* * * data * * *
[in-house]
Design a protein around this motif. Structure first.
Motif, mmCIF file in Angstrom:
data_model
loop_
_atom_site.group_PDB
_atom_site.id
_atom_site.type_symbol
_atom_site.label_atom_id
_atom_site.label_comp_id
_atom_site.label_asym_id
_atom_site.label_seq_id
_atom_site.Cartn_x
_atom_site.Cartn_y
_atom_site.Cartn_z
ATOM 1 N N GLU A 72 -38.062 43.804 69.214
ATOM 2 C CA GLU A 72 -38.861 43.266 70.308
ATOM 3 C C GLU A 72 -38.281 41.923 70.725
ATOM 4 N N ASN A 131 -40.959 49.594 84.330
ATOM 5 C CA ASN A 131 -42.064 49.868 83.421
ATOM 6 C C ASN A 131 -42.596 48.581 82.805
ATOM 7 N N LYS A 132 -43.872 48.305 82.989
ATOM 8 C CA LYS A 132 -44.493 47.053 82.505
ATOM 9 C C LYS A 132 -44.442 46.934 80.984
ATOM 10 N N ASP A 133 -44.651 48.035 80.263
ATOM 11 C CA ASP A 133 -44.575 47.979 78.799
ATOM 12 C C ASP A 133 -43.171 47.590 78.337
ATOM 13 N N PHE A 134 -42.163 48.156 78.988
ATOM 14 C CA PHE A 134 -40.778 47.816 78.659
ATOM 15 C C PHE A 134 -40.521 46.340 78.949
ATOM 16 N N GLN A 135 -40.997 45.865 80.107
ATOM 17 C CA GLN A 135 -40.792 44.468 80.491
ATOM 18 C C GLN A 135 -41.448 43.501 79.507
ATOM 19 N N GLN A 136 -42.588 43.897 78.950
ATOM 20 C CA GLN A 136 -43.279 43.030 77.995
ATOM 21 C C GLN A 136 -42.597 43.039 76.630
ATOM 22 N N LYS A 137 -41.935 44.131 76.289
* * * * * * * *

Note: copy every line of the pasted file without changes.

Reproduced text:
[in-house]
Design a protein around this motif. Structure first.
Motif, mmCIF file in Angstrom:
data_model
loop_
_atom_site.group_PDB
_atom_site.id
_atom_site.type_symbol
_atom_site.label_atom_id
_atom_site.label_comp_id
_atom_site.label_asym_id
_atom_site.label_seq_id
_atom_site.Cartn_x
_atom_site.Cartn_y
_atom_site.Cartn_z
ATOM 1 N N GLU A 72 -38.062 43.804 69.214
ATOM 2 C CA GLU A 72 -38.861 43.266 70.308
ATOM 3 C C GLU A 72 -38.281 41.923 70.725
ATOM 4 N N ASN A 131 -40.959 49.594 84.330
ATOM 5 C CA ASN A 131 -42.064 49.868 83.421
ATOM 6 C C ASN A 131 -42.596 48.581 82.805
ATOM 7 N N LYS A 132 -43.872 48.305 82.989
ATOM 8 C CA LYS A 132 -44.493 47.053 82.505
ATOM 9 C C LYS A 132 -44.442 46.934 80.984
ATOM 10 N N ASP A 133 -44.651 48.035 80.263
ATOM 11 C CA ASP A 133 -44.575 47.979 78.799
ATOM 12 C C ASP A 133 -43.171 47.590 78.337
ATOM 13 N N PHE A 134 -42.163 48.156 78.988
ATOM 14 C CA PHE A 134 -40.778 47.816 78.659
ATOM 15 C C PHE A 134 -40.521 46.340 78.949
ATOM 16 N N GLN A 135 -40.997 45.865 80.107
ATOM 17 C CA GLN A 135 -40.792 44.468 80.491
ATOM 18 C C GLN A 135 -41.448 43.501 79.507
ATOM 19 N N GLN A 136 -42.588 43.897 78.950
ATOM 20 C CA GLN A 136 -43.279 43.030 77.995
ATOM 21 C C GLN A 136 -42.597 43.039 76.630
ATOM 22 N N LYS A 137 -41.935 44.131 76.289